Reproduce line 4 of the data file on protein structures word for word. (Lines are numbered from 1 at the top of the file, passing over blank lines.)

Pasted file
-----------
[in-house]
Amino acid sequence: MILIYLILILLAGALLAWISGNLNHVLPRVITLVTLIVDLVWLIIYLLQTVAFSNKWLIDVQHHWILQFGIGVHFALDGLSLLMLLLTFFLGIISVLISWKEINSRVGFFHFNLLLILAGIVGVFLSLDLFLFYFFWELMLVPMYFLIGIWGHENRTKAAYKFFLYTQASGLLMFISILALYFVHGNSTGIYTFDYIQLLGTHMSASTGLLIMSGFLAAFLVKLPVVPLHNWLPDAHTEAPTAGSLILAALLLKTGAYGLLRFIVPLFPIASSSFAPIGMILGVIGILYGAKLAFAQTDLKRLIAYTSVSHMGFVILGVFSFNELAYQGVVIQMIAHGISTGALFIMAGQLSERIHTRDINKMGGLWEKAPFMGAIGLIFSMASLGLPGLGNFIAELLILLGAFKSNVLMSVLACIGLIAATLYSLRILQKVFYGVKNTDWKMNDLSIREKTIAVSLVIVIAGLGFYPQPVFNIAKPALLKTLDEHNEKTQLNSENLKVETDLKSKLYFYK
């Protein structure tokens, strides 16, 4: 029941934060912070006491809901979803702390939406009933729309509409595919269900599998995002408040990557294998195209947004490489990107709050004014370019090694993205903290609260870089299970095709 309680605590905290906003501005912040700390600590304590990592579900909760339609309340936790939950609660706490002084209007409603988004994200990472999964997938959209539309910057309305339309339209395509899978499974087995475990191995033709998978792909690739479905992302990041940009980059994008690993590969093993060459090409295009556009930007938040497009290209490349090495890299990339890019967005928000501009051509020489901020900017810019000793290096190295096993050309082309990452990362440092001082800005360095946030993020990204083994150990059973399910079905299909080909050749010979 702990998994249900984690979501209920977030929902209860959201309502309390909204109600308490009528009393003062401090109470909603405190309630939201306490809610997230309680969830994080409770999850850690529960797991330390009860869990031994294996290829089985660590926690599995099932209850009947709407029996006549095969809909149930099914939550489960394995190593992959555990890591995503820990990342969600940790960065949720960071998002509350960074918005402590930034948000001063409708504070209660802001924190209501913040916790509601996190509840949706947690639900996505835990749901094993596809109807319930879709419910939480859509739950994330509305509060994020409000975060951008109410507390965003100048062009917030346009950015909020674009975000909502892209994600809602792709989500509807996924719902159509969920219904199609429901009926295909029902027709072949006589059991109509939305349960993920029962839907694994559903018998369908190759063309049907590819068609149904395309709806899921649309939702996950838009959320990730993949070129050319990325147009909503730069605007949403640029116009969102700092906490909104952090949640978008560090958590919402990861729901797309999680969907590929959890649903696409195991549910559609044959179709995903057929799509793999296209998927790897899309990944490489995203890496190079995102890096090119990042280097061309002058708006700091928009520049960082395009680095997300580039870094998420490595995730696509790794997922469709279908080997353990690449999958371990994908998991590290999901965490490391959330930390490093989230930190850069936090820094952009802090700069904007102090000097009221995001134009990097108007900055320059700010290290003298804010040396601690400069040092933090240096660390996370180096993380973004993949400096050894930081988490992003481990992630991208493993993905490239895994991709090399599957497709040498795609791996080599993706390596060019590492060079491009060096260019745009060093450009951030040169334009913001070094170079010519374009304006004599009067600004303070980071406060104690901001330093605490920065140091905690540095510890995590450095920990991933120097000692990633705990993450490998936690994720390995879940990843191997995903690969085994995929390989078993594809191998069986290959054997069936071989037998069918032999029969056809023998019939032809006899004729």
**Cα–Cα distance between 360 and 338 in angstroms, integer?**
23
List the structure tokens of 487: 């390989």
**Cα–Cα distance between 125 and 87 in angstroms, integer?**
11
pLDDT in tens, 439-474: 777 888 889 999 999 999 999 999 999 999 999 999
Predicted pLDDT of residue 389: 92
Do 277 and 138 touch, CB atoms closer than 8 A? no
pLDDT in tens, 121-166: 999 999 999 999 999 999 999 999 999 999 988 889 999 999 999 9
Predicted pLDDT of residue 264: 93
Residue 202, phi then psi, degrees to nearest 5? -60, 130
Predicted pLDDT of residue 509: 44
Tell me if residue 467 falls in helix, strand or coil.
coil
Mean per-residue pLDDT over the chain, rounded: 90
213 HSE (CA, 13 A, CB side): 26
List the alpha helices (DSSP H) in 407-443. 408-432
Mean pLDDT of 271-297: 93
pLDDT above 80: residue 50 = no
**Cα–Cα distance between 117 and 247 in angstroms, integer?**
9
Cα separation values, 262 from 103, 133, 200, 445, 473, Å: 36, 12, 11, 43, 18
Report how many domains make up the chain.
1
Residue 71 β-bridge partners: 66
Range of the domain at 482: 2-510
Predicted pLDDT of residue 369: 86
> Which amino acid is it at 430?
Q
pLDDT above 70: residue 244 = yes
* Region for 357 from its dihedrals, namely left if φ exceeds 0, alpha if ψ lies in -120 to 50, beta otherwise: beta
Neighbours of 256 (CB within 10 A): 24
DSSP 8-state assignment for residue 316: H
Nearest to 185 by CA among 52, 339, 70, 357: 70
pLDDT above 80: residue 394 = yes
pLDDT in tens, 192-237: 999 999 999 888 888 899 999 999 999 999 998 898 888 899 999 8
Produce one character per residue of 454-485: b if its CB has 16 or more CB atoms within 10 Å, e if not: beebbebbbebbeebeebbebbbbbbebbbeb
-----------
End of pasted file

**Cα–Cα distance between 360 and 338 in angstroms, integer?**